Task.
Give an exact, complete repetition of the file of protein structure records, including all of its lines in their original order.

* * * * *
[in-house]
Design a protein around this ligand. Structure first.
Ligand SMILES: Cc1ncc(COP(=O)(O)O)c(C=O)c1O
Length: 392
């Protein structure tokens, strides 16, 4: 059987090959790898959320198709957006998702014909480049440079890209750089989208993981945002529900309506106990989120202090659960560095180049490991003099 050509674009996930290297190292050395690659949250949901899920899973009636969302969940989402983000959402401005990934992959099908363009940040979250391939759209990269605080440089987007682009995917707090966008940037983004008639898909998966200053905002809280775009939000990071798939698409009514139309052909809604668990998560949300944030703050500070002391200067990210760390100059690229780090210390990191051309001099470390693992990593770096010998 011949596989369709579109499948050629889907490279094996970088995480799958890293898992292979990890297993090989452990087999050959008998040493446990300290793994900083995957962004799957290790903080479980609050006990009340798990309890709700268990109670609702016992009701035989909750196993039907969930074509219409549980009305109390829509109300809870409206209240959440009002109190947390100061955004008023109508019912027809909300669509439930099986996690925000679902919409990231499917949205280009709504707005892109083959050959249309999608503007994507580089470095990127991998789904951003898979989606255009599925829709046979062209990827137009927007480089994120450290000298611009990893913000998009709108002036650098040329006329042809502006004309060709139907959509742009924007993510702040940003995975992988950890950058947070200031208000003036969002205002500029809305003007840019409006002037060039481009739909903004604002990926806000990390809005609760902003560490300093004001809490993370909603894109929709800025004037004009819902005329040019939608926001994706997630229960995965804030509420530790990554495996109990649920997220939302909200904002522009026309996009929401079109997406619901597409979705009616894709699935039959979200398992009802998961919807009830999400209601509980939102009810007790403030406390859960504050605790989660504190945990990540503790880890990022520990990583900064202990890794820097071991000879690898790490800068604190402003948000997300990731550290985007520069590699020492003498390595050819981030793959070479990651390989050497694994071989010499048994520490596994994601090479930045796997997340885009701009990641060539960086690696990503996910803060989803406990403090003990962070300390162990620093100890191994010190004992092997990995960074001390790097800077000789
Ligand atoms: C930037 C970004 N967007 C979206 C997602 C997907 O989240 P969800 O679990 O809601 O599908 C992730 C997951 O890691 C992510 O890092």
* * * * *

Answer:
[in-house]
Design a protein around this ligand. Structure first.
Ligand SMILES: Cc1ncc(COP(=O)(O)O)c(C=O)c1O
Length: 392
């Protein structure tokens, strides 16, 4: 059987090959790898959320198709957006998702014909480049440079890209750089989208993981945002529900309506106990989120202090659960560095180049490991003099 050509674009996930290297190292050395690659949250949901899920899973009636969302969940989402983000959402401005990934992959099908363009940040979250391939759209990269605080440089987007682009995917707090966008940037983004008639898909998966200053905002809280775009939000990071798939698409009514139309052909809604668990998560949300944030703050500070002391200067990210760390100059690229780090210390990191051309001099470390693992990593770096010998 011949596989369709579109499948050629889907490279094996970088995480799958890293898992292979990890297993090989452990087999050959008998040493446990300290793994900083995957962004799957290790903080479980609050006990009340798990309890709700268990109670609702016992009701035989909750196993039907969930074509219409549980009305109390829509109300809870409206209240959440009002109190947390100061955004008023109508019912027809909300669509439930099986996690925000679902919409990231499917949205280009709504707005892109083959050959249309999608503007994507580089470095990127991998789904951003898979989606255009599925829709046979062209990827137009927007480089994120450290000298611009990893913000998009709108002036650098040329006329042809502006004309060709139907959509742009924007993510702040940003995975992988950890950058947070200031208000003036969002205002500029809305003007840019409006002037060039481009739909903004604002990926806000990390809005609760902003560490300093004001809490993370909603894109929709800025004037004009819902005329040019939608926001994706997630229960995965804030509420530790990554495996109990649920997220939302909200904002522009026309996009929401079109997406619901597409979705009616894709699935039959979200398992009802998961919807009830999400209601509980939102009810007790403030406390859960504050605790989660504190945990990540503790880890990022520990990583900064202990890794820097071991000879690898790490800068604190402003948000997300990731550290985007520069590699020492003498390595050819981030793959070479990651390989050497694994071989010499048994520490596994994601090479930045796997997340885009701009990641060539960086690696990503996910803060989803406990403090003990962070300390162990620093100890191994010190004992092997990995960074001390790097800077000789
Ligand atoms: C930037 C970004 N967007 C979206 C997602 C997907 O989240 P969800 O679990 O809601 O599908 C992730 C997951 O890691 C992510 O890092």